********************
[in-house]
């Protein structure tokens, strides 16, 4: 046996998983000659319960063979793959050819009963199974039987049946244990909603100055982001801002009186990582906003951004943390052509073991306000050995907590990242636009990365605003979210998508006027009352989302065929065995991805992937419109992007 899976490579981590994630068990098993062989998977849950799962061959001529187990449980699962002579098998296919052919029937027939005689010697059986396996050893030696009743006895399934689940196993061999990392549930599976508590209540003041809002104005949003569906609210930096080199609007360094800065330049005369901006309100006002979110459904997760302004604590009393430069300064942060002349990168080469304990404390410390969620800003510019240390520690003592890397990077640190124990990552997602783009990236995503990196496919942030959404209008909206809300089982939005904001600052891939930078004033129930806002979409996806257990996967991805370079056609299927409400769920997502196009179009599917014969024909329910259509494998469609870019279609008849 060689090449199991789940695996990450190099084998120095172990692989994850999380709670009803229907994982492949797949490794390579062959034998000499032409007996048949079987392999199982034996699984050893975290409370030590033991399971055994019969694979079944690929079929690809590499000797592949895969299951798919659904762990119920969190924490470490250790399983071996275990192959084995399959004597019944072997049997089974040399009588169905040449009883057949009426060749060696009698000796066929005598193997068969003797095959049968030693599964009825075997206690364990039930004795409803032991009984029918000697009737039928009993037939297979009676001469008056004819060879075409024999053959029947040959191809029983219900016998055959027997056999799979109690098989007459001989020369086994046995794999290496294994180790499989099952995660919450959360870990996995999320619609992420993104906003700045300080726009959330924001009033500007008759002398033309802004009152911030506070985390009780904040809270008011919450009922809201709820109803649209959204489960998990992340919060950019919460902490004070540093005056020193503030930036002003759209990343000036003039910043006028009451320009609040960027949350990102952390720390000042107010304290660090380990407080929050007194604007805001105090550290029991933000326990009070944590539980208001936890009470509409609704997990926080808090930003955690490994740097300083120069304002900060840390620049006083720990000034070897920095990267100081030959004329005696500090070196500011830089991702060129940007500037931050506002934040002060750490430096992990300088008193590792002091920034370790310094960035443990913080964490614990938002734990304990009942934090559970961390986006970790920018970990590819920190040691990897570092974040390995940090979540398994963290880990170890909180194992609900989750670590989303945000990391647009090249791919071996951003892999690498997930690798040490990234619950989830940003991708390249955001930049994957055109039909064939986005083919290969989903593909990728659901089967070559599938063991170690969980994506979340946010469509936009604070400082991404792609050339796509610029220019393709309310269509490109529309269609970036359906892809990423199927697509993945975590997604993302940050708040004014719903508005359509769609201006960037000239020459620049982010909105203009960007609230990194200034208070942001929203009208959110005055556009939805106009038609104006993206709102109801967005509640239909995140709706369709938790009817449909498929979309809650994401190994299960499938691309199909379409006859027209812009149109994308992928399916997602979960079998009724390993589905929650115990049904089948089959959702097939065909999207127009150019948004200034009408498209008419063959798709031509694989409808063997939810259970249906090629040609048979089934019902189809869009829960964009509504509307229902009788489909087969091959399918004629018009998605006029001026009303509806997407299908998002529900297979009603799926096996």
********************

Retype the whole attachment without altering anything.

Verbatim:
[in-house]
């Protein structure tokens, strides 16, 4: 046996998983000659319960063979793959050819009963199974039987049946244990909603100055982001801002009186990582906003951004943390052509073991306000050995907590990242636009990365605003979210998508006027009352989302065929065995991805992937419109992007 899976490579981590994630068990098993062989998977849950799962061959001529187990449980699962002579098998296919052919029937027939005689010697059986396996050893030696009743006895399934689940196993061999990392549930599976508590209540003041809002104005949003569906609210930096080199609007360094800065330049005369901006309100006002979110459904997760302004604590009393430069300064942060002349990168080469304990404390410390969620800003510019240390520690003592890397990077640190124990990552997602783009990236995503990196496919942030959404209008909206809300089982939005904001600052891939930078004033129930806002979409996806257990996967991805370079056609299927409400769920997502196009179009599917014969024909329910259509494998469609870019279609008849 060689090449199991789940695996990450190099084998120095172990692989994850999380709670009803229907994982492949797949490794390579062959034998000499032409007996048949079987392999199982034996699984050893975290409370030590033991399971055994019969694979079944690929079929690809590499000797592949895969299951798919659904762990119920969190924490470490250790399983071996275990192959084995399959004597019944072997049997089974040399009588169905040449009883057949009426060749060696009698000796066929005598193997068969003797095959049968030693599964009825075997206690364990039930004795409803032991009984029918000697009737039928009993037939297979009676001469008056004819060879075409024999053959029947040959191809029983219900016998055959027997056999799979109690098989007459001989020369086994046995794999290496294994180790499989099952995660919450959360870990996995999320619609992420993104906003700045300080726009959330924001009033500007008759002398033309802004009152911030506070985390009780904040809270008011919450009922809201709820109803649209959204489960998990992340919060950019919460902490004070540093005056020193503030930036002003759209990343000036003039910043006028009451320009609040960027949350990102952390720390000042107010304290660090380990407080929050007194604007805001105090550290029991933000326990009070944590539980208001936890009470509409609704997990926080808090930003955690490994740097300083120069304002900060840390620049006083720990000034070897920095990267100081030959004329005696500090070196500011830089991702060129940007500037931050506002934040002060750490430096992990300088008193590792002091920034370790310094960035443990913080964490614990938002734990304990009942934090559970961390986006970790920018970990590819920190040691990897570092974040390995940090979540398994963290880990170890909180194992609900989750670590989303945000990391647009090249791919071996951003892999690498997930690798040490990234619950989830940003991708390249955001930049994957055109039909064939986005083919290969989903593909990728659901089967070559599938063991170690969980994506979340946010469509936009604070400082991404792609050339796509610029220019393709309310269509490109529309269609970036359906892809990423199927697509993945975590997604993302940050708040004014719903508005359509769609201006960037000239020459620049982010909105203009960007609230990194200034208070942001929203009208959110005055556009939805106009038609104006993206709102109801967005509640239909995140709706369709938790009817449909498929979309809650994401190994299960499938691309199909379409006859027209812009149109994308992928399916997602979960079998009724390993589905929650115990049904089948089959959702097939065909999207127009150019948004200034009408498209008419063959798709031509694989409808063997939810259970249906090629040609048979089934019902189809869009829960964009509504509307229902009788489909087969091959399918004629018009998605006029001026009303509806997407299908998002529900297979009603799926096996």